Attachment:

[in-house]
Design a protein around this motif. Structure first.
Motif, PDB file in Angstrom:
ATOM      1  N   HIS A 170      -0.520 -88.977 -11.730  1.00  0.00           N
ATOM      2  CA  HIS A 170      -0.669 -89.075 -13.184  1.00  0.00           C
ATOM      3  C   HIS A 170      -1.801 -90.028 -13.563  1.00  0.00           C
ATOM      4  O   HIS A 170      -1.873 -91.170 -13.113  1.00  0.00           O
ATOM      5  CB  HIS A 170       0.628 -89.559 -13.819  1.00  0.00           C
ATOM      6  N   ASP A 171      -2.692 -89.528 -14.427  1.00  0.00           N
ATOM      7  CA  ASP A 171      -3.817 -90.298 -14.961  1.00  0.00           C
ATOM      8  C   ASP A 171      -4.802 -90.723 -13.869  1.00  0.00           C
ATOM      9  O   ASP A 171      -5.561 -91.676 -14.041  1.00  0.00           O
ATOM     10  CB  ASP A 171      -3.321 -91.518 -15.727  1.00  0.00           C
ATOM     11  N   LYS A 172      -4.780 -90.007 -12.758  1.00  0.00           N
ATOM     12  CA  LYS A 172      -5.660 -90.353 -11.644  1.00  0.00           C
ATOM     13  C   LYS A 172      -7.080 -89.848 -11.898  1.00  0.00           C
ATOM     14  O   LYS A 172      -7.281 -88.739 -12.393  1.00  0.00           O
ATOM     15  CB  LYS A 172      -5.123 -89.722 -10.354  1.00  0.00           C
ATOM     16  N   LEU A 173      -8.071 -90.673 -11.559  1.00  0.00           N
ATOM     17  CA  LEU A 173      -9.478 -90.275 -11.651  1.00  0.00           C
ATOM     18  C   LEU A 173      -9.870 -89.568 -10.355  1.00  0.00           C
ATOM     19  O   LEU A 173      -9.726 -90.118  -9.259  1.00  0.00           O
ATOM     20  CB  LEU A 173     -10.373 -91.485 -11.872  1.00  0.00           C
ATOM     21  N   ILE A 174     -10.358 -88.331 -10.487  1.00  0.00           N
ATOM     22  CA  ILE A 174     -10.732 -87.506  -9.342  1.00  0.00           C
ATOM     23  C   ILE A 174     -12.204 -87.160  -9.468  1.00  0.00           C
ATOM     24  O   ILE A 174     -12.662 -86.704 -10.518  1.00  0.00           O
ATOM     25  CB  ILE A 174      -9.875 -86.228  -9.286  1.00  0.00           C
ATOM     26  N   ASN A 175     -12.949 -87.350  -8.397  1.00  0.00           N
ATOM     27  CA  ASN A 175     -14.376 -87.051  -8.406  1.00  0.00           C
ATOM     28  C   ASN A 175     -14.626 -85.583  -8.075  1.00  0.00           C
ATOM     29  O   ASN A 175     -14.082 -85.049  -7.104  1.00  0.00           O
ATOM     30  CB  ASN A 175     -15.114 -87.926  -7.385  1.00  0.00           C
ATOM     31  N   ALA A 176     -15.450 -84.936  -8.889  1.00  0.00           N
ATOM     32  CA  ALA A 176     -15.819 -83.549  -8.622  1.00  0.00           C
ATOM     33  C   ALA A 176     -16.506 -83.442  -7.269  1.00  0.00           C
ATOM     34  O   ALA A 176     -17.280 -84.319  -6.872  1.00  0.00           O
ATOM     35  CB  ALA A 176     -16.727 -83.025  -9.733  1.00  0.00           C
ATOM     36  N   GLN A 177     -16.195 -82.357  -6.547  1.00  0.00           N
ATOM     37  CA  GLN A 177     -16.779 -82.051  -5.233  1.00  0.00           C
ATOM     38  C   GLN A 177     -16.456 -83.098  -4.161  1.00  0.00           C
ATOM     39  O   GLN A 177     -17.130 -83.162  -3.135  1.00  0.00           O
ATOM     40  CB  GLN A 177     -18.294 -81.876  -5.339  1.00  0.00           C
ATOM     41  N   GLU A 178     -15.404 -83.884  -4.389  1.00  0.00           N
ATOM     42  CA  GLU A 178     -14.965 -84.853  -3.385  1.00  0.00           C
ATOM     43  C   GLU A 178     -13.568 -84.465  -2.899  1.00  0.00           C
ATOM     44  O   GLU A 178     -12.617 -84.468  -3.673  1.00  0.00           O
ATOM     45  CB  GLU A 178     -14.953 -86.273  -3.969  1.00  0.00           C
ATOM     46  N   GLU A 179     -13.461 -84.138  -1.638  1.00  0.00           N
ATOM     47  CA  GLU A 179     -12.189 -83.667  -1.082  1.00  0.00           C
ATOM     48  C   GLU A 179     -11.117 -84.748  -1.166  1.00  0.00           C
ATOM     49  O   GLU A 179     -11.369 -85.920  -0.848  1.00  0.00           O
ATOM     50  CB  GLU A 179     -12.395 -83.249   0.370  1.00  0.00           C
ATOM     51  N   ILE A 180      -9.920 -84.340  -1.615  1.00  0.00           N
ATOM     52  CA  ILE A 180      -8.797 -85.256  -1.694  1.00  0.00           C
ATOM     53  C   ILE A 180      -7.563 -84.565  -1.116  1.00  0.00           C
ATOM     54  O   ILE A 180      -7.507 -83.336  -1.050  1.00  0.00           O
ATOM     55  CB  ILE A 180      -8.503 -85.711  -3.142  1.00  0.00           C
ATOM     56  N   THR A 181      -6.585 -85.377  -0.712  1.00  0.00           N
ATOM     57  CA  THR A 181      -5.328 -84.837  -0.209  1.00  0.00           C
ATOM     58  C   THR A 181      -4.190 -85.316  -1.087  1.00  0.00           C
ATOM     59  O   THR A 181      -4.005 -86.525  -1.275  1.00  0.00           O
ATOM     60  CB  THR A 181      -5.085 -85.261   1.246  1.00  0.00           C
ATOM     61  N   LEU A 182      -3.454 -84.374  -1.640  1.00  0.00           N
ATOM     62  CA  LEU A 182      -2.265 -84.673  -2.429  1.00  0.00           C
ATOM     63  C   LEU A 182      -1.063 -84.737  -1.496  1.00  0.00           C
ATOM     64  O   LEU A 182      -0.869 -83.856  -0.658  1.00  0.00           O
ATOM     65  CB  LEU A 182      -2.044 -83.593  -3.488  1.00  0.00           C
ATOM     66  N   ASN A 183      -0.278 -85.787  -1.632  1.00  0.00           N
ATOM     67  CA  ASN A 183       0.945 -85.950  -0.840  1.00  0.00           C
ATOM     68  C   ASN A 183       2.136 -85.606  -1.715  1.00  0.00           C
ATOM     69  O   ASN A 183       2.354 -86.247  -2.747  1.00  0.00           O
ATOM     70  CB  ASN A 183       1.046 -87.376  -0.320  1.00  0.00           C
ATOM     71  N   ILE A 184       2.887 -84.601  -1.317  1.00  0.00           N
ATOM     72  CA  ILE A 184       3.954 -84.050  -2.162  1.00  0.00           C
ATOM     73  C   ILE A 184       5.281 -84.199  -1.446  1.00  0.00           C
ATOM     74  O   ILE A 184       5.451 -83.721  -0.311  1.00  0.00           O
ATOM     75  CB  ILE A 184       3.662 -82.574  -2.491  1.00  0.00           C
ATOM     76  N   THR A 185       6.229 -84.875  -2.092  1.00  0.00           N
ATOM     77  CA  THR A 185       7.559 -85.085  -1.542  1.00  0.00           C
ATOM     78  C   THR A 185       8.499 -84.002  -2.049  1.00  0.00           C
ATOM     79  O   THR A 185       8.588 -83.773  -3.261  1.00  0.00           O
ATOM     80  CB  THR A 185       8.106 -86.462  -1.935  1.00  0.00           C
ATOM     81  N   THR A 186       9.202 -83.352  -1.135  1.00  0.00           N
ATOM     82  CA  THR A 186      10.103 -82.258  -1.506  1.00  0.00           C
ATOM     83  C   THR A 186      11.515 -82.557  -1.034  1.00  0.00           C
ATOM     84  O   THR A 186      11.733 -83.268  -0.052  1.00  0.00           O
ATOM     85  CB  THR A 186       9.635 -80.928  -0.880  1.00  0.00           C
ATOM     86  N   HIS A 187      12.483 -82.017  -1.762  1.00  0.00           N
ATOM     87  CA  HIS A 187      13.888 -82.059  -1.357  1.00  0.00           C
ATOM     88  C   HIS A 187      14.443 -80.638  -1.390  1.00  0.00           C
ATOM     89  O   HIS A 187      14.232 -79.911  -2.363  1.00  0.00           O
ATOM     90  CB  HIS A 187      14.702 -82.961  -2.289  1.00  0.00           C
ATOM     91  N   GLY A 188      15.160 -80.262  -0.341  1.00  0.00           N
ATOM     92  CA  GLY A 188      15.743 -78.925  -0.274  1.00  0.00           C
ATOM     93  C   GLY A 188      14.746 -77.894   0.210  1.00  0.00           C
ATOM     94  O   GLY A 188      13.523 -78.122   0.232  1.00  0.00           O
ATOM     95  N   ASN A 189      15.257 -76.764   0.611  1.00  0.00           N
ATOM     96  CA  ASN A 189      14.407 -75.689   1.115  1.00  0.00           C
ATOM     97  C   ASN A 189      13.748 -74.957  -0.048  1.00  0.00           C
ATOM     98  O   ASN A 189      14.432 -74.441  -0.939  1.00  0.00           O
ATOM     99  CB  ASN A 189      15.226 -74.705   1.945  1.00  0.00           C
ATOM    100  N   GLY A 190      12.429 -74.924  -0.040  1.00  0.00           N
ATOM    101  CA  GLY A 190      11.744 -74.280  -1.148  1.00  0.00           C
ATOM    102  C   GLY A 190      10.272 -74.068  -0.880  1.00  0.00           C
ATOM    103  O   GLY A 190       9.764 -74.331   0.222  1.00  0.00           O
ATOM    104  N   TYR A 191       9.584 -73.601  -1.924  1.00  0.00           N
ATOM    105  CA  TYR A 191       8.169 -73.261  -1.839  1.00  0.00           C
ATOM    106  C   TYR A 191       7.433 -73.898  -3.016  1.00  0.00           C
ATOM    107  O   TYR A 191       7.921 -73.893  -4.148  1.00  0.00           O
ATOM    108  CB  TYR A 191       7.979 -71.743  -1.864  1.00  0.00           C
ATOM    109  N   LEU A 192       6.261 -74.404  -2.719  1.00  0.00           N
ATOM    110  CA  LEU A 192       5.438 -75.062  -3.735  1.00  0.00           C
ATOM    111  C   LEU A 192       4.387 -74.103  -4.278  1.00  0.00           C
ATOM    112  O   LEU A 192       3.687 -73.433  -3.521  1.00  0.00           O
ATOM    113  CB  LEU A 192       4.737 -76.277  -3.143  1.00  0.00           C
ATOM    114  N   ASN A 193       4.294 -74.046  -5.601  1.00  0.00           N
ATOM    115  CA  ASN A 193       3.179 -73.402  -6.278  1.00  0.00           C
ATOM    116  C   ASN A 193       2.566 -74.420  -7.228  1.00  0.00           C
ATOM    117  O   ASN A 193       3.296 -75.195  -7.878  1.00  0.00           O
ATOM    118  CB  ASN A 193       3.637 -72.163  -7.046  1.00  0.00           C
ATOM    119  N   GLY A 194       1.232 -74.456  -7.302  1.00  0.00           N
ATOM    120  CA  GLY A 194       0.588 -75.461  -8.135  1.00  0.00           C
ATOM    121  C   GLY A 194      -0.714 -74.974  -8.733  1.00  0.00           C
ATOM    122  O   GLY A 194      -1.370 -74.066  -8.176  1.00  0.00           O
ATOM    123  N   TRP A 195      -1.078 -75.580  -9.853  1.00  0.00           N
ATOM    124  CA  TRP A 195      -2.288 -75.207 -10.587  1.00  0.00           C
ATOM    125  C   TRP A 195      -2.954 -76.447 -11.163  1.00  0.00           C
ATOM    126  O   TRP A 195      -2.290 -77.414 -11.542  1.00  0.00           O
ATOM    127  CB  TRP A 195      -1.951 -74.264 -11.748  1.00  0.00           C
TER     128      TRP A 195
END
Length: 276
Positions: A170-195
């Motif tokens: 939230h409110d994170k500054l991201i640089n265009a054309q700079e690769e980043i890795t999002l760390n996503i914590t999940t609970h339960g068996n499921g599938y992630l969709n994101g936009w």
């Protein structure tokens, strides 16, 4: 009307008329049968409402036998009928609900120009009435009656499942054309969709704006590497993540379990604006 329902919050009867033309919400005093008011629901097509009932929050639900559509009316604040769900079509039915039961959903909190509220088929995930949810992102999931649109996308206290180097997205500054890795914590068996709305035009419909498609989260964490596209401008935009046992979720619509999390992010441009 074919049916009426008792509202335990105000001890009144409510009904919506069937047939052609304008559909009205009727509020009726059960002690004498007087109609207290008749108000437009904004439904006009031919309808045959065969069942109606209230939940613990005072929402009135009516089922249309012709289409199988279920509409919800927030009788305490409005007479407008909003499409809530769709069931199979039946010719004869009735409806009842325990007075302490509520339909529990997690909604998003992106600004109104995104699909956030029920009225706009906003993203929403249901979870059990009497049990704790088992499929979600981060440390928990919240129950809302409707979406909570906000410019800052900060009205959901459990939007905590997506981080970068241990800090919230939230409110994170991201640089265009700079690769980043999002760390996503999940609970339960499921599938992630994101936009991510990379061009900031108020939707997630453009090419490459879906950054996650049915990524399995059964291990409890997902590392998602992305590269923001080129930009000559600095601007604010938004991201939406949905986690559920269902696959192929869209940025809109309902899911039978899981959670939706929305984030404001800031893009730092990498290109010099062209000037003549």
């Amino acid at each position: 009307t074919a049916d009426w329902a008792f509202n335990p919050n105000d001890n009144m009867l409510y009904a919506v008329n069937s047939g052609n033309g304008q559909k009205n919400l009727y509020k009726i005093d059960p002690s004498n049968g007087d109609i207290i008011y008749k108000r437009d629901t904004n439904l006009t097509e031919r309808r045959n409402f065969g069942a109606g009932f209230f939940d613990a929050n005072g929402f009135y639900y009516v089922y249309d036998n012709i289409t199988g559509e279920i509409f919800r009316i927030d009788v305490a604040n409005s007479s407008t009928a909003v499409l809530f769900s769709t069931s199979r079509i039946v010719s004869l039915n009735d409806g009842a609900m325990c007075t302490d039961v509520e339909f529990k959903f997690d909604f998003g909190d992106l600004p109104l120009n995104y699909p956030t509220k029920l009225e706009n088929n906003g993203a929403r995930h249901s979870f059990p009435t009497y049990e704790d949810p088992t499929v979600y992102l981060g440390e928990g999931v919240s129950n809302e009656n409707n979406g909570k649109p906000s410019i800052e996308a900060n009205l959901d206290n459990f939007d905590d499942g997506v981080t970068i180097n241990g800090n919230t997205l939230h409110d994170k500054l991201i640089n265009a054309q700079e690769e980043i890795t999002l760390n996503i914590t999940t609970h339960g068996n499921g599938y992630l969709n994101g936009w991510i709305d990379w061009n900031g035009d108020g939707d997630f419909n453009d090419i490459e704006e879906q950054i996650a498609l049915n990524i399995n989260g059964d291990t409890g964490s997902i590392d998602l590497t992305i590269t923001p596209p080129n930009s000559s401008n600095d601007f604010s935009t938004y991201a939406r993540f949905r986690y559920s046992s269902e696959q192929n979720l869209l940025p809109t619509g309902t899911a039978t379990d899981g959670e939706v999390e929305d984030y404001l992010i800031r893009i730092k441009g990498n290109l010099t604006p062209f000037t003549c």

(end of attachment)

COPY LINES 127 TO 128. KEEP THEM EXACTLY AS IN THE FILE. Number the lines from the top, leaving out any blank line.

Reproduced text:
ATOM    124  CA  TRP A 195      -2.288 -75.207 -10.587  1.00  0.00           C
ATOM    125  C   TRP A 195      -2.954 -76.447 -11.163  1.00  0.00           C